Consistent with President Trump’s Executive Orders issued in early 2017, U.S. Immigration and Customs Enforcement (ICE) Enforcement and Removal Operations (ERO) has continued to use resources as effectively and efficiently as possible to enforce the nation’s immigration laws.
ERO administrative arrests are predicated on an alien lacking a legal basis to remain in the United States. While ERO makes every effort to arrest aliens who threaten public safety, no criminal action or conviction is required for ERO to act on an individual case. There is no category of alien exempt from immigration enforcement.
In FY2018, ERO arrested 158,581 aliens, 90% of whom had criminal convictions (66%), pending criminal charges (21%), or previously issued final orders (3%). The overall arrest figure represents an 11% increase over FY2017.
ERO is charged with detaining aliens in furtherance of their immigration proceedings, and if so ordered, their removal from the country. Federal law requires ERO detain certain individuals as their immigration proceedings progress. If so ordered, ERO is responsible for removing the individual from the United States. The number of individuals detained by ERO is driven by enforcement actions taken by ICE and apprehensions made by U.S. Customs and Border Protection (CBP). In FY2018, 396,448 people were initially booked into an ICE detention facility, an increase of 22.5% over FY2017. Book-ins to detention resulting from CBP arrests increased by 32% over the previous year, illustrating a surge in illegal border crossings. ICE’s interior enforcement efforts resulted in a 10% increase in book-ins resulting from ICE arrests.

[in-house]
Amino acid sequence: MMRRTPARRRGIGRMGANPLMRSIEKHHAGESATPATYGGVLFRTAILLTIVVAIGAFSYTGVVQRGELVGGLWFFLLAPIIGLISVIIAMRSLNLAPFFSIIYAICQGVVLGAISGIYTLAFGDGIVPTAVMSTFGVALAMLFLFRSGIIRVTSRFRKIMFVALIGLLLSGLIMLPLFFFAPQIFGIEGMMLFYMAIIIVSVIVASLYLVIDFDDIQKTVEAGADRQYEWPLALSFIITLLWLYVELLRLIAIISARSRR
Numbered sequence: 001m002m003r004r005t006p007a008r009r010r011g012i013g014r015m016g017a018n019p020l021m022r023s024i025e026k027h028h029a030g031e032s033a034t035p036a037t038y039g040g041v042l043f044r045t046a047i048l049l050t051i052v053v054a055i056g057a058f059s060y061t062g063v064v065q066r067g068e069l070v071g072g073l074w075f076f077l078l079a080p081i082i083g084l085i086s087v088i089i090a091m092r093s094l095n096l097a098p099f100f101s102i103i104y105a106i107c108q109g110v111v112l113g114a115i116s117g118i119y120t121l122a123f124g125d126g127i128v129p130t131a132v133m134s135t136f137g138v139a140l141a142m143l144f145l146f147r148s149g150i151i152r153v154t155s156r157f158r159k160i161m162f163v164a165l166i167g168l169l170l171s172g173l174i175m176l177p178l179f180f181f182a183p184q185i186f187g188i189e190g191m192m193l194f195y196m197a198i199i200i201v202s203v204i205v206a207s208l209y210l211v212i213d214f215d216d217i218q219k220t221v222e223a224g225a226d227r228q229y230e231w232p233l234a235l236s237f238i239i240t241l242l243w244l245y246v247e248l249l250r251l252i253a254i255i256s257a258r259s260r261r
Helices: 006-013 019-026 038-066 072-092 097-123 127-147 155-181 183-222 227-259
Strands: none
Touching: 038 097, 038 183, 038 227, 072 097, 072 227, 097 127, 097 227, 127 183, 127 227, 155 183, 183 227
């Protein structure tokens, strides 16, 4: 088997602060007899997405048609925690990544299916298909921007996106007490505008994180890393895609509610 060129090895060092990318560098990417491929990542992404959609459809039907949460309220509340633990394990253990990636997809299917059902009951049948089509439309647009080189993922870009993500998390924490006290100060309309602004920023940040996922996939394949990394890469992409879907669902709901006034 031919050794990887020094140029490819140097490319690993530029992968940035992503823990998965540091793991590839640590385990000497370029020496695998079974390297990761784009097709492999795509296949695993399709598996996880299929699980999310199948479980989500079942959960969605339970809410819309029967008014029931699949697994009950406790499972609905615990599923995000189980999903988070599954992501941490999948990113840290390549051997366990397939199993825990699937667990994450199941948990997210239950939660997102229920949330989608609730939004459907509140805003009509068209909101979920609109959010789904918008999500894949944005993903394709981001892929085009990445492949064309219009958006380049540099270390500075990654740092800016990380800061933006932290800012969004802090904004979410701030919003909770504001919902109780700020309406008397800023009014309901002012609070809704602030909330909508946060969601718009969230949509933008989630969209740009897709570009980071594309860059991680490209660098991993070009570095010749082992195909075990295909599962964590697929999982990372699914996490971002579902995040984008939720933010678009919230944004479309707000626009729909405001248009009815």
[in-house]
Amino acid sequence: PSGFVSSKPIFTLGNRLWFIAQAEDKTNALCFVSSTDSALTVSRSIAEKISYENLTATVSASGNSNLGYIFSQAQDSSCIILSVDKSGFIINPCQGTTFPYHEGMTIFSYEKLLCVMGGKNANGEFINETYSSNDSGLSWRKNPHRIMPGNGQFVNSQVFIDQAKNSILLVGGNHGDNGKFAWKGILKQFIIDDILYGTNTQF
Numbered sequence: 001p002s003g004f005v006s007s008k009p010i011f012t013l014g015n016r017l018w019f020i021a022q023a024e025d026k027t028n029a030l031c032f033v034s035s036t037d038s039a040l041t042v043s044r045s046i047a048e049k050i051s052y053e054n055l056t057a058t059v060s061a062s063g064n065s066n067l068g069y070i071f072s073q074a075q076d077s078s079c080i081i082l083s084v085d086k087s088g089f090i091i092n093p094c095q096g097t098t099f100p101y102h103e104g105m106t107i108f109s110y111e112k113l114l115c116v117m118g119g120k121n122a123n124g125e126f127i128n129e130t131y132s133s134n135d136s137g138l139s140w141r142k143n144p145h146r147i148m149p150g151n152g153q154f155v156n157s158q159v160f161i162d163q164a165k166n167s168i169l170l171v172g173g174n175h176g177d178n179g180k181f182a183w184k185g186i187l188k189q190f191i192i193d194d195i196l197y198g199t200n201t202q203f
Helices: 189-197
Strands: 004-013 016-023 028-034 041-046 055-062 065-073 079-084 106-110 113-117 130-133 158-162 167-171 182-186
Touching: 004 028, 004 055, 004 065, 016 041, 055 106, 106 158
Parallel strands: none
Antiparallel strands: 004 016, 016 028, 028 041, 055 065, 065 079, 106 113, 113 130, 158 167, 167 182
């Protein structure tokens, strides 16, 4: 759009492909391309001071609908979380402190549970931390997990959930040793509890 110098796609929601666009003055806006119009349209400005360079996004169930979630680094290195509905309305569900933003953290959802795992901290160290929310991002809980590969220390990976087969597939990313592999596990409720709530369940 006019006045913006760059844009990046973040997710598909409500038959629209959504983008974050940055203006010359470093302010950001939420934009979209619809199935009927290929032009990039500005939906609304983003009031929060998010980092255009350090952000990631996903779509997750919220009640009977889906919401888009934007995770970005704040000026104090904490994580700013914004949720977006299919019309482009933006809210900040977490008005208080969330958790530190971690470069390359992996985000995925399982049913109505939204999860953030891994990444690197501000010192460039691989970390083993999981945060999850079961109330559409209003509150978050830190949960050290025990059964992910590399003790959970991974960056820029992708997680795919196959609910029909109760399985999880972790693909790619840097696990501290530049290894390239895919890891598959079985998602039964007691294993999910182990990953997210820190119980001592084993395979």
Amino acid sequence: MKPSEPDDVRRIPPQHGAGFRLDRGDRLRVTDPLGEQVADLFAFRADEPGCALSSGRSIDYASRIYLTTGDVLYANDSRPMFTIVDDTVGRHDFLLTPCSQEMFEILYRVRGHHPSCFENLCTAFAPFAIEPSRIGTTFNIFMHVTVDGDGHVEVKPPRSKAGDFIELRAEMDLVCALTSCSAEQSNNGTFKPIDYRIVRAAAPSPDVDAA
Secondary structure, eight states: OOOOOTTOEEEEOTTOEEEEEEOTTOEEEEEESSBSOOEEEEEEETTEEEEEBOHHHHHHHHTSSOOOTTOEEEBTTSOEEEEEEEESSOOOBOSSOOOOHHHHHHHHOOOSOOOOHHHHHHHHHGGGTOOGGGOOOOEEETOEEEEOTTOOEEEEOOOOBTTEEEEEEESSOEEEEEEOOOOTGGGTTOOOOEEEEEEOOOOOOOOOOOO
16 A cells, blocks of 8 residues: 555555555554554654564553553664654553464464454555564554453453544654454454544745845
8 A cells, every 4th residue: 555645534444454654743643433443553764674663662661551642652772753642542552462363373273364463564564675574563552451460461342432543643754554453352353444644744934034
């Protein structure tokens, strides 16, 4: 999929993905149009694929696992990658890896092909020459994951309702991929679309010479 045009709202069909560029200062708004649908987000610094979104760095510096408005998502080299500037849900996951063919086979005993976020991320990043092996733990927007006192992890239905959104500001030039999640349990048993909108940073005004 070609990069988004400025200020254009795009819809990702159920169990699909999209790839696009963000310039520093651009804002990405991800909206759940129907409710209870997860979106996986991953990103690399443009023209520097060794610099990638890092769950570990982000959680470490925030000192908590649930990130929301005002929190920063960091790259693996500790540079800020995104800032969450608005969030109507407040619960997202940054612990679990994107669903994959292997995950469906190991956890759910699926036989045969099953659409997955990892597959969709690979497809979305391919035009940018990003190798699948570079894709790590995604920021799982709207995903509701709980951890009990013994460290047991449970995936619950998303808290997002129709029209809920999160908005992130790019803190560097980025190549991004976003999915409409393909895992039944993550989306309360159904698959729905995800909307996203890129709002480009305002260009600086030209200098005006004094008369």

Vital to the integrity of the nation’s lawful immigration system is the removal of immigration violators who are in the country illegally and have been ordered removed, after receiving all appropriate legal consideration.
In FY2018, ERO removed 256,086 illegal aliens, reflecting an increase of 13% over FY2017. The majority of removals (57%) were convicted criminals. Additionally, 5,914 of the removed illegal aliens were classified as either known or suspected gang members or terrorists, which is a 9% increase over FY2017.